Sunday, October 30, 2016

Refugees - open Letter to Julian Sturdy MP

Dear Mr Sturdy,

I am writing to ask you to press Amber Rudd, the Home Secretary, to restart the rescue of refugees.

Refugees, including children, have been evicted from the "Jungle Camp" at Calais. A large number of children have had no provision made for them. Some of the children have been rounded up by the French riot police during the day and then let go at night with nowhere to sleep except in the "Jungle Camp" which is even more dangerous than it was before the demolition.

We have a legal duty to admit all the children with a connection to the UK, and a moral duty to admit many more. The actions of the UK in Afghanistan, Iraq, Libya, Syria and other countries (including armed intervention and the sales of arms to parties to the conflicts) are partly responsible for the creation of the refugees. We cannot create the problem and then walk away from it - which is what this government (and to be honest many previous governments) have been doing.

The UK has taken far fewer refugees than most countries, and being the fifth largest economy in the world (according to the government) we are clearly in a position to do much more.

We have also made it nigh on impossible for refugees to come to the UK by pushing for and supporting EU Directive 2001/51/EC which effectively makes airlines the frontline preventing refugees flying safely to the UK (see for a short 3 minute video explaining this).

Please, as a matter of urgency, press Amber Rudd to admit many more refugees. The UK has the resources to take tens of thousands and York City Council has agreed to accept and support some, as have many other Councils so there is nothing to prevent the country from accepting them and sending a message of hope to the world.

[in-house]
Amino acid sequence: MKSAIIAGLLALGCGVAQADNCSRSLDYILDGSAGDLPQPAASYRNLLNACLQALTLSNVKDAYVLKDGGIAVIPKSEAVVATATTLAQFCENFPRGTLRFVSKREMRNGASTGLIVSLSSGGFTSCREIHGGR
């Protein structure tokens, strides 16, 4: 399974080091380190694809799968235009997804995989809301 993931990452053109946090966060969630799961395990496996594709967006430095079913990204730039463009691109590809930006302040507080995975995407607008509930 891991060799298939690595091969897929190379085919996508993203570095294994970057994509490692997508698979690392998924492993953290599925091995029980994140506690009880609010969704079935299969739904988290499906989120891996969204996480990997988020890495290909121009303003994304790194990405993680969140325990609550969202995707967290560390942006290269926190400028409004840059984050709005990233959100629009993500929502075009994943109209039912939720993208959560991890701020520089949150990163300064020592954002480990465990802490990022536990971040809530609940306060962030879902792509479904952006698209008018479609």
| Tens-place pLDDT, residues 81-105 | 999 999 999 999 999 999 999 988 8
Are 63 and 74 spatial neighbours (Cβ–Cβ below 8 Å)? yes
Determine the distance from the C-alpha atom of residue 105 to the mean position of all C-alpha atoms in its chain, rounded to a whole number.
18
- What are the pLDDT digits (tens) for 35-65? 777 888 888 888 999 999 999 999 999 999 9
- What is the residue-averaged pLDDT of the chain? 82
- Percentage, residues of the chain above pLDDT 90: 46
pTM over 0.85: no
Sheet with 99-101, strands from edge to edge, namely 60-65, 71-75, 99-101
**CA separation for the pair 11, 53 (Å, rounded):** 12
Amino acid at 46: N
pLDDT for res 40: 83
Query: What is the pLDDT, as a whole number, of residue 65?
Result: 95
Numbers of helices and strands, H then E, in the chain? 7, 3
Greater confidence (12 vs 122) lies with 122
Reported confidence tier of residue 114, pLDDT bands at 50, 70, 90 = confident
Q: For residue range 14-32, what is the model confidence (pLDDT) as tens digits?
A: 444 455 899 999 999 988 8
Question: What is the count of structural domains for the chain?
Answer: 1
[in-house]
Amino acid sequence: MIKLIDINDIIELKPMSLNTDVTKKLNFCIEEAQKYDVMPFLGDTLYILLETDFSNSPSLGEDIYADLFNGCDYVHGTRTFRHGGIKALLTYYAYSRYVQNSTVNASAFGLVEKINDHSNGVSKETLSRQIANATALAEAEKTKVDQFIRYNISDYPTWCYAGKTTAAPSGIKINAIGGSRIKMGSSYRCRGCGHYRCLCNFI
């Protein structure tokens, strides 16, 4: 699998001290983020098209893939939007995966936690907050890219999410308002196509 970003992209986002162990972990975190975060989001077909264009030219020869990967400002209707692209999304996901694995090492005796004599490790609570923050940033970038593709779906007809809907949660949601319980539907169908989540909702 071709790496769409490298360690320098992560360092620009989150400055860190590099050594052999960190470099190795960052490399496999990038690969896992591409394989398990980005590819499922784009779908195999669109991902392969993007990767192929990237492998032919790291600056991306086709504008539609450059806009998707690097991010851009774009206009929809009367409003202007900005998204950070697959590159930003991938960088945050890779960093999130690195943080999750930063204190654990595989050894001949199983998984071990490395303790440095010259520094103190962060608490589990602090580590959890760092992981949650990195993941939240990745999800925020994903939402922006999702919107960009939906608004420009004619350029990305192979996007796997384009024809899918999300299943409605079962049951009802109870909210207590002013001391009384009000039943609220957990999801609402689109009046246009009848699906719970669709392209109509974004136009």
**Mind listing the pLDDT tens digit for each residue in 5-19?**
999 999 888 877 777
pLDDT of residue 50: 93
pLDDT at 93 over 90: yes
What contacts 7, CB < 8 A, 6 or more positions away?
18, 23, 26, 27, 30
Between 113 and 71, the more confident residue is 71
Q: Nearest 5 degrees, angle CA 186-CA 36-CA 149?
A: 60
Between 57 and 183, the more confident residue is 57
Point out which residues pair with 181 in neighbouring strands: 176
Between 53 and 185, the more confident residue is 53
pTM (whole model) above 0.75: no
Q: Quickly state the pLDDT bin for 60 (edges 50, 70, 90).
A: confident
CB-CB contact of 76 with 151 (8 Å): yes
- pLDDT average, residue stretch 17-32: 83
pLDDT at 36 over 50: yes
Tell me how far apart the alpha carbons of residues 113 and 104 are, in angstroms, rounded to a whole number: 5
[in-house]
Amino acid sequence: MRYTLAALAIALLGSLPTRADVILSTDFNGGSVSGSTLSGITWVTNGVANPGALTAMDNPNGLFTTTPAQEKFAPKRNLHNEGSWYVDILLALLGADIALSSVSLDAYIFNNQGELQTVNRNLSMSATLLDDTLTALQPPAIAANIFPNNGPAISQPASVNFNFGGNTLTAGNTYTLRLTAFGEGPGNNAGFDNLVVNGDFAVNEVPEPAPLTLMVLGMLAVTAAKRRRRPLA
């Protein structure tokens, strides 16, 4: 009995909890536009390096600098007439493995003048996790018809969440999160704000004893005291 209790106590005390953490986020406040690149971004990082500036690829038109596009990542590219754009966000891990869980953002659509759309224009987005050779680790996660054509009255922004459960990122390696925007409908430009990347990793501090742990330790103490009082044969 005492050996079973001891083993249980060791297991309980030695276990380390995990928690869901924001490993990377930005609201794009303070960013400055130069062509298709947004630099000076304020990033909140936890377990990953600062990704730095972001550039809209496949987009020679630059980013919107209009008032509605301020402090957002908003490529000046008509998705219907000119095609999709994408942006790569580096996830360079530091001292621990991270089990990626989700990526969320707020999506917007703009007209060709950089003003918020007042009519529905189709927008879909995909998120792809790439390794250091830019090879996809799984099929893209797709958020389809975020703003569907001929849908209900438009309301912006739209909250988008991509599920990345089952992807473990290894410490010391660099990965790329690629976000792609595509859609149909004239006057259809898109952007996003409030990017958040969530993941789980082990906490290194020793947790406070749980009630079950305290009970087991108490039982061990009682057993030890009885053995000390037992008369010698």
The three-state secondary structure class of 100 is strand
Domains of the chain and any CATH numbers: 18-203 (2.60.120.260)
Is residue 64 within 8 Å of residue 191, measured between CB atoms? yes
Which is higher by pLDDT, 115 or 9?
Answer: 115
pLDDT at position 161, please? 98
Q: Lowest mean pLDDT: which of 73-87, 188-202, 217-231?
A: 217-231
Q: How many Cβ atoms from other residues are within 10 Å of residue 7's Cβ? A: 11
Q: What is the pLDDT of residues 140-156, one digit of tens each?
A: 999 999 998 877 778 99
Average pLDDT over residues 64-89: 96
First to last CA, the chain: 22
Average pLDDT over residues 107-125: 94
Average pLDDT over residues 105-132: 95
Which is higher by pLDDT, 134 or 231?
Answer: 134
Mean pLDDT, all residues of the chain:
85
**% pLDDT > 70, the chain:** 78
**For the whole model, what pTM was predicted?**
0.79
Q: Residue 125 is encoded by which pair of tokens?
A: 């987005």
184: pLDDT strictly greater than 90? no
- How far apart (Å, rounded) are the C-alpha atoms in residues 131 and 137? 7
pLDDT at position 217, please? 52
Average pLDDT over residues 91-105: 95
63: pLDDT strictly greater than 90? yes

Yours sincerely,

Tom Franklin

Judicial Review - to be heard some time

Well, the High Court has now decided, in its wisdom, that there are grounds for hearing the judicial review. There is no timescale for the hearing at this stage, but something will happen at some time....

This is what they said:

In the High Court of Justice Queen’s Bench Division Administrative Court
co Ref: 00/3570/2015
in the matter of an application for Judicial Review
The Queen on the application of DIRECTOR OF PUBLIC PROSECUTIONS 
NOTIFICATION of the Judge's decision (CPR Part 54.11, 54.12)
Following consideration of the documents lodged by the Claimant and the Acknowledgement(s) of Service filed by the Defendant and interested Parties
Order by The Honourable Mrs Justice Jefford 
Permission is hereby granted 
1. The interested Parties were charged with offences of wilfuily obstructing the highway contrary to s. 137 of the Highways Act 1980 in trying to obstruct vehicles headed to the Defence Security Exhibition. Their defence was that they were using reasonable force to prevent illegal arms sales and/or crimes committed overseas.
2. Having regard to the authorities relied on in the Claimant's application tor permission, in particular, R v Jones. Birch v DPP and Barkshire. it is reasonably arguable that the learned District Judge was wrong in law in finding that a defence under 5.3(1) of the Criminal Law Act 1967 was available to the Interested Parties in the circumstances of this case and in acquitting them. The issue is also one of general public importance.

3. Further or alternatively, it is reasonably arguable that the learned District Judge was wrong in law in refusing to state a case on the grounds that the Claimant grounds of appeal were frivolous.